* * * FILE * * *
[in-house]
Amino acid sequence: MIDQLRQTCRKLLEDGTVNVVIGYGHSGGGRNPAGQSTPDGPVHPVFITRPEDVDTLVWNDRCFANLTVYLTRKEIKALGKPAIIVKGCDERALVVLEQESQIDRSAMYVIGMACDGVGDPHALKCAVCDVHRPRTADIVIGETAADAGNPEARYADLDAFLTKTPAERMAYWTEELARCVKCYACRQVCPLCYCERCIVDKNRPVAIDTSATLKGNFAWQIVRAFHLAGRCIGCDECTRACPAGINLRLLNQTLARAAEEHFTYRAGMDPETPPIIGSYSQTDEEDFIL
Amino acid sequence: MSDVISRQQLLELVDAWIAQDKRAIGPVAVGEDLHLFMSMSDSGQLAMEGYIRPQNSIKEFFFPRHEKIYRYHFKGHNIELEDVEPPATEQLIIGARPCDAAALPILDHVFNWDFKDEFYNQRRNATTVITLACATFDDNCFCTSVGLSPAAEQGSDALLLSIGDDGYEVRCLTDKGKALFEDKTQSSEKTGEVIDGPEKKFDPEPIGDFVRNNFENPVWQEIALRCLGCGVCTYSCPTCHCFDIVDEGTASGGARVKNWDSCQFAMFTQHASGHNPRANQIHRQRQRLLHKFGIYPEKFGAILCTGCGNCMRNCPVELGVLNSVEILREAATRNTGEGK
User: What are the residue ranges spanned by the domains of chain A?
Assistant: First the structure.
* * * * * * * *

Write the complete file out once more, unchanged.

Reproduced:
[in-house]
Amino acid sequence: MIDQLRQTCRKLLEDGTVNVVIGYGHSGGGRNPAGQSTPDGPVHPVFITRPEDVDTLVWNDRCFANLTVYLTRKEIKALGKPAIIVKGCDERALVVLEQESQIDRSAMYVIGMACDGVGDPHALKCAVCDVHRPRTADIVIGETAADAGNPEARYADLDAFLTKTPAERMAYWTEELARCVKCYACRQVCPLCYCERCIVDKNRPVAIDTSATLKGNFAWQIVRAFHLAGRCIGCDECTRACPAGINLRLLNQTLARAAEEHFTYRAGMDPETPPIIGSYSQTDEEDFIL
Amino acid sequence: MSDVISRQQLLELVDAWIAQDKRAIGPVAVGEDLHLFMSMSDSGQLAMEGYIRPQNSIKEFFFPRHEKIYRYHFKGHNIELEDVEPPATEQLIIGARPCDAAALPILDHVFNWDFKDEFYNQRRNATTVITLACATFDDNCFCTSVGLSPAAEQGSDALLLSIGDDGYEVRCLTDKGKALFEDKTQSSEKTGEVIDGPEKKFDPEPIGDFVRNNFENPVWQEIALRCLGCGVCTYSCPTCHCFDIVDEGTASGGARVKNWDSCQFAMFTQHASGHNPRANQIHRQRQRLLHKFGIYPEKFGAILCTGCGNCMRNCPVELGVLNSVEILREAATRNTGEGK
User: What are the residue ranges spanned by the domains of chain A?
Assistant: First the structure.